When you start your company with sustainability at its core, you find innovative ways to reduce waste and negative environmental impacts throughout every phase of operations.

"We like to look at the process from manufacturing to the end of life for that garment," said Dan Weisman, vice president of marketing for the Boston-based apparel company Ministry of Supply. "We're aiming to close that loop as much as we can."

Cloverly is proud to join in that commitment to responsible business practices. By integrating Cloverly for Shopify with its online store, Ministry of Supply has given its ecommerce customers the opportunity to make shipping their purchases carbon neutral.

However, "it's not just the shipping," Weisman said. "It's nice that we're able to use Cloverly for that, but starting with garment production, we're always looking for ways to reduce waste." Here are some of the ways they've found, with Weisman's comments:

  • Durability. "We make garments that are going to last a long time so that people don't need to replace them as often."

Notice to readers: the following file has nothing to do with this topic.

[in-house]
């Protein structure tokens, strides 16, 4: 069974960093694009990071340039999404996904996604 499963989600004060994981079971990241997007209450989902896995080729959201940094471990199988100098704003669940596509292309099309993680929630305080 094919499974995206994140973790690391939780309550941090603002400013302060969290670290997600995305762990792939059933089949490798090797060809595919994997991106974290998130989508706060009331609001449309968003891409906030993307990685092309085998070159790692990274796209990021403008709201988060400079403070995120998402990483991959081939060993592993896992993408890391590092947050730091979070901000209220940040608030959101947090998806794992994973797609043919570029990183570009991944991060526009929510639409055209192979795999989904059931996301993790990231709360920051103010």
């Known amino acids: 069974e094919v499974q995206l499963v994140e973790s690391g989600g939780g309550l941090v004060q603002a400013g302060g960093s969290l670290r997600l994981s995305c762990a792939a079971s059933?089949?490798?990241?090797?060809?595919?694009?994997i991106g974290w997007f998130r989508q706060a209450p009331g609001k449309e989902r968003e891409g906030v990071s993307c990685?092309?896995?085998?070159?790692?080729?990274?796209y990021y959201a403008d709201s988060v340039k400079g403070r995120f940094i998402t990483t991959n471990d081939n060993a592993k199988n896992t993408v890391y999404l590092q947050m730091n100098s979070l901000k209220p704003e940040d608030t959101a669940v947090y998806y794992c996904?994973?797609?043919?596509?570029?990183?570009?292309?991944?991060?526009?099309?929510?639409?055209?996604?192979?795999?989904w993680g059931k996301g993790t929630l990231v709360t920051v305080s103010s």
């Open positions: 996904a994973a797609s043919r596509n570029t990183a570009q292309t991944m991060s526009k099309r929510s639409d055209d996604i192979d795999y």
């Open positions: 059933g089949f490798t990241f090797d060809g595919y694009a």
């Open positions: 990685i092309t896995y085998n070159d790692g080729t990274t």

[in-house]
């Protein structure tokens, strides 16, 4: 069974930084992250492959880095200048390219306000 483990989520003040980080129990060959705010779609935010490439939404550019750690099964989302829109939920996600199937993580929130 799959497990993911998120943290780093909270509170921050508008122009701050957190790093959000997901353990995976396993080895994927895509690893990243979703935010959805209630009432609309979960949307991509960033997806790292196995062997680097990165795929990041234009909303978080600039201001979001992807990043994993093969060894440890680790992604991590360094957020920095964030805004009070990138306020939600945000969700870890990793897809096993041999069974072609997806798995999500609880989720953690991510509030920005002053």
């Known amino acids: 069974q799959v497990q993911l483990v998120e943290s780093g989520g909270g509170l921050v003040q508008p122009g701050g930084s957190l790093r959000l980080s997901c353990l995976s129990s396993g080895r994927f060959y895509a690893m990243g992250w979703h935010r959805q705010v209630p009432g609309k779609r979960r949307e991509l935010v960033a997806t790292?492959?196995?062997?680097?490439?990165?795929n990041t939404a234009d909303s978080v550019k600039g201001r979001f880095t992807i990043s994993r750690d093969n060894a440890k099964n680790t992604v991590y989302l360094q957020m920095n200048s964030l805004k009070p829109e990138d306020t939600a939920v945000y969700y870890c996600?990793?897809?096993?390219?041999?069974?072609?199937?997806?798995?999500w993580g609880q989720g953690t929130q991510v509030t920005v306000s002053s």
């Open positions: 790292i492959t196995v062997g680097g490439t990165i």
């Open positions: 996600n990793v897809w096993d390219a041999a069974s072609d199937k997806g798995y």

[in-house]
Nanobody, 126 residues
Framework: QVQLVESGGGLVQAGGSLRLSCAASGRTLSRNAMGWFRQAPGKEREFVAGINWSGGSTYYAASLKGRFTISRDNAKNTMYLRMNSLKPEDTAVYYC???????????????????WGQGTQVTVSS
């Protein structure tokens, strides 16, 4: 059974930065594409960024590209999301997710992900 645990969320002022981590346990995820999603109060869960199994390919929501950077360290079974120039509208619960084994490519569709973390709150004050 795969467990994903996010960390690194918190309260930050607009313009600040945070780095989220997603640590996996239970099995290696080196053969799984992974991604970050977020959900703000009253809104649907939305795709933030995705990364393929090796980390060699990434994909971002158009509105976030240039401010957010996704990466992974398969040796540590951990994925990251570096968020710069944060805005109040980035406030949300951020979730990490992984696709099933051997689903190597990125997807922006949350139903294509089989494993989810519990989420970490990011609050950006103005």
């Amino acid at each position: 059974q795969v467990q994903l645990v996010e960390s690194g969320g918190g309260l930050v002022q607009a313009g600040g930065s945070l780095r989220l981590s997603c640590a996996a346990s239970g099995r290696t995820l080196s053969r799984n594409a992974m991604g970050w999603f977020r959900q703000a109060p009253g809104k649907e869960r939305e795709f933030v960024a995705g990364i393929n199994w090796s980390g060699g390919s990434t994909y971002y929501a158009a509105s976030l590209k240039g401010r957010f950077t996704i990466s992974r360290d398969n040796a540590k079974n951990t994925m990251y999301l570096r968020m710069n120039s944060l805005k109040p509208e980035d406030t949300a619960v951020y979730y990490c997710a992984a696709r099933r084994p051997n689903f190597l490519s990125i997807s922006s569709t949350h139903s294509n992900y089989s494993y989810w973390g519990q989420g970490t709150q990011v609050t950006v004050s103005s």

• Washability. "We're pretty adamant about making clothing that doesn't have to be dry-cleaned." Solvents used in dry-cleaning can cause health problems and can contaminate drinking water.
  • 3D knitting, which is similar to 3D printing. It knits fabric pieces to the exact size required for the garment—no trimming needed. "It's essentially waste free in production because there's no cutting room. Everything is just knit into the garment."
  • Made-to-order shirts, created on demand to a customer's specifications. "What that does in terms of limiting waste is that we're not holding excess inventory. We only have to buy what the customer actually wants."
  • Facilitating garment donations. The company's 1 In, 1 Out program encourages customers to donate unneeded clothing rather than throw it away. When customers receive an order, they can cull unwanted clothing from their closets, put it in the same box and send it back to Ministry of Supply using a company-supplied mailing label. Ministry of Supply donates the clothing to Goodwill.

Weisman said Ministry of Supply continually looks for ways to reduce its environmental footprint even further. "It's not just, 'Here's our sustainability collection,'" he said. "It's that everything should be sustainable."